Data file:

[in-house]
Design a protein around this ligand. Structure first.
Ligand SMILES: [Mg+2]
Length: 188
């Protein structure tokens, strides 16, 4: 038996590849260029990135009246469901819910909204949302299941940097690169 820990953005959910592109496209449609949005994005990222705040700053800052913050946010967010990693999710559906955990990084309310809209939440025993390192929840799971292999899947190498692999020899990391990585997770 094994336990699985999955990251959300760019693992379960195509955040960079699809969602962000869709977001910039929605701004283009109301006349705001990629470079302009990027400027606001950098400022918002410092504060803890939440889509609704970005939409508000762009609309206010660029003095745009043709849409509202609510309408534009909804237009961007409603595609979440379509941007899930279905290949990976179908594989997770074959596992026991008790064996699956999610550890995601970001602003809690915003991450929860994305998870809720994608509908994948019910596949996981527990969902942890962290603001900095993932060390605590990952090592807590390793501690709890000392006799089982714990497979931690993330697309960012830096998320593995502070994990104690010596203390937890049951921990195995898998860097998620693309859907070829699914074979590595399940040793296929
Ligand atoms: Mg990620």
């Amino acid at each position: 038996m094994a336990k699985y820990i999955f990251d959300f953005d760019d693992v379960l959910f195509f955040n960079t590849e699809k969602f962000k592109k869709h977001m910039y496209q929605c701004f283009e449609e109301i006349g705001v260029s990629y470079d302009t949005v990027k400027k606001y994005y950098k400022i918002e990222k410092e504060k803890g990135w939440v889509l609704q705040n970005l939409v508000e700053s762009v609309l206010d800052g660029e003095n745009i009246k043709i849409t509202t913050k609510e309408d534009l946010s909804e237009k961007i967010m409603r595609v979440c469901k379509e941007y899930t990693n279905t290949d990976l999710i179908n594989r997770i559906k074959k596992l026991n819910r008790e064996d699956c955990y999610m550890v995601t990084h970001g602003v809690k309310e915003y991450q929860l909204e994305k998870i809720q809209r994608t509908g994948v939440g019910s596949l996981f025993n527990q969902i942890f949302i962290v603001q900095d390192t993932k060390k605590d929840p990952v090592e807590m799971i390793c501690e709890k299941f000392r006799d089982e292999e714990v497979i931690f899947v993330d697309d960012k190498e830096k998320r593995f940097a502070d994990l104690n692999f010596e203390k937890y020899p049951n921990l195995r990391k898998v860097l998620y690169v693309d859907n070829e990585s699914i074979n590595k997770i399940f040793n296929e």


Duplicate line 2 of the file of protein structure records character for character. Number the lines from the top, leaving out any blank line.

Design a protein around this ligand. Structure first.